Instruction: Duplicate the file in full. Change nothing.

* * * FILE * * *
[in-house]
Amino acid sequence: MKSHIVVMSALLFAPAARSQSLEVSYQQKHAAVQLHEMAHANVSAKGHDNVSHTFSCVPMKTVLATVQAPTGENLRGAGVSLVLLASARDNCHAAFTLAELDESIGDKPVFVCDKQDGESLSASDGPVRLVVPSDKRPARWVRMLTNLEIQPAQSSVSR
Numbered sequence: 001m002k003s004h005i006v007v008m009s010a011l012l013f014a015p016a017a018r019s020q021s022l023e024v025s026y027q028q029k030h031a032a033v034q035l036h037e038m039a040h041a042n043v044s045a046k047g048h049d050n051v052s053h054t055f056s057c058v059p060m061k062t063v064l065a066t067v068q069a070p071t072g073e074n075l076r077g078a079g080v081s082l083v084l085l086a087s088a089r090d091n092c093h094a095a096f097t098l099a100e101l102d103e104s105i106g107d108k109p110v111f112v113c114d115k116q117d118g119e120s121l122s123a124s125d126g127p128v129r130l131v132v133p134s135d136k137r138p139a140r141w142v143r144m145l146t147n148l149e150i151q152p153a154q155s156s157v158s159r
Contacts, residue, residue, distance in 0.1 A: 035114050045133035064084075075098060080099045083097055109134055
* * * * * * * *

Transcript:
[in-house]
Amino acid sequence: MKSHIVVMSALLFAPAARSQSLEVSYQQKHAAVQLHEMAHANVSAKGHDNVSHTFSCVPMKTVLATVQAPTGENLRGAGVSLVLLASARDNCHAAFTLAELDESIGDKPVFVCDKQDGESLSASDGPVRLVVPSDKRPARWVRMLTNLEIQPAQSSVSR
Numbered sequence: 001m002k003s004h005i006v007v008m009s010a011l012l013f014a015p016a017a018r019s020q021s022l023e024v025s026y027q028q029k030h031a032a033v034q035l036h037e038m039a040h041a042n043v044s045a046k047g048h049d050n051v052s053h054t055f056s057c058v059p060m061k062t063v064l065a066t067v068q069a070p071t072g073e074n075l076r077g078a079g080v081s082l083v084l085l086a087s088a089r090d091n092c093h094a095a096f097t098l099a100e101l102d103e104s105i106g107d108k109p110v111f112v113c114d115k116q117d118g119e120s121l122s123a124s125d126g127p128v129r130l131v132v133p134s135d136k137r138p139a140r141w142v143r144m145l146t147n148l149e150i151q152p153a154q155s156s157v158s159r
Contacts, residue, residue, distance in 0.1 A: 035114050045133035064084075075098060080099045083097055109134055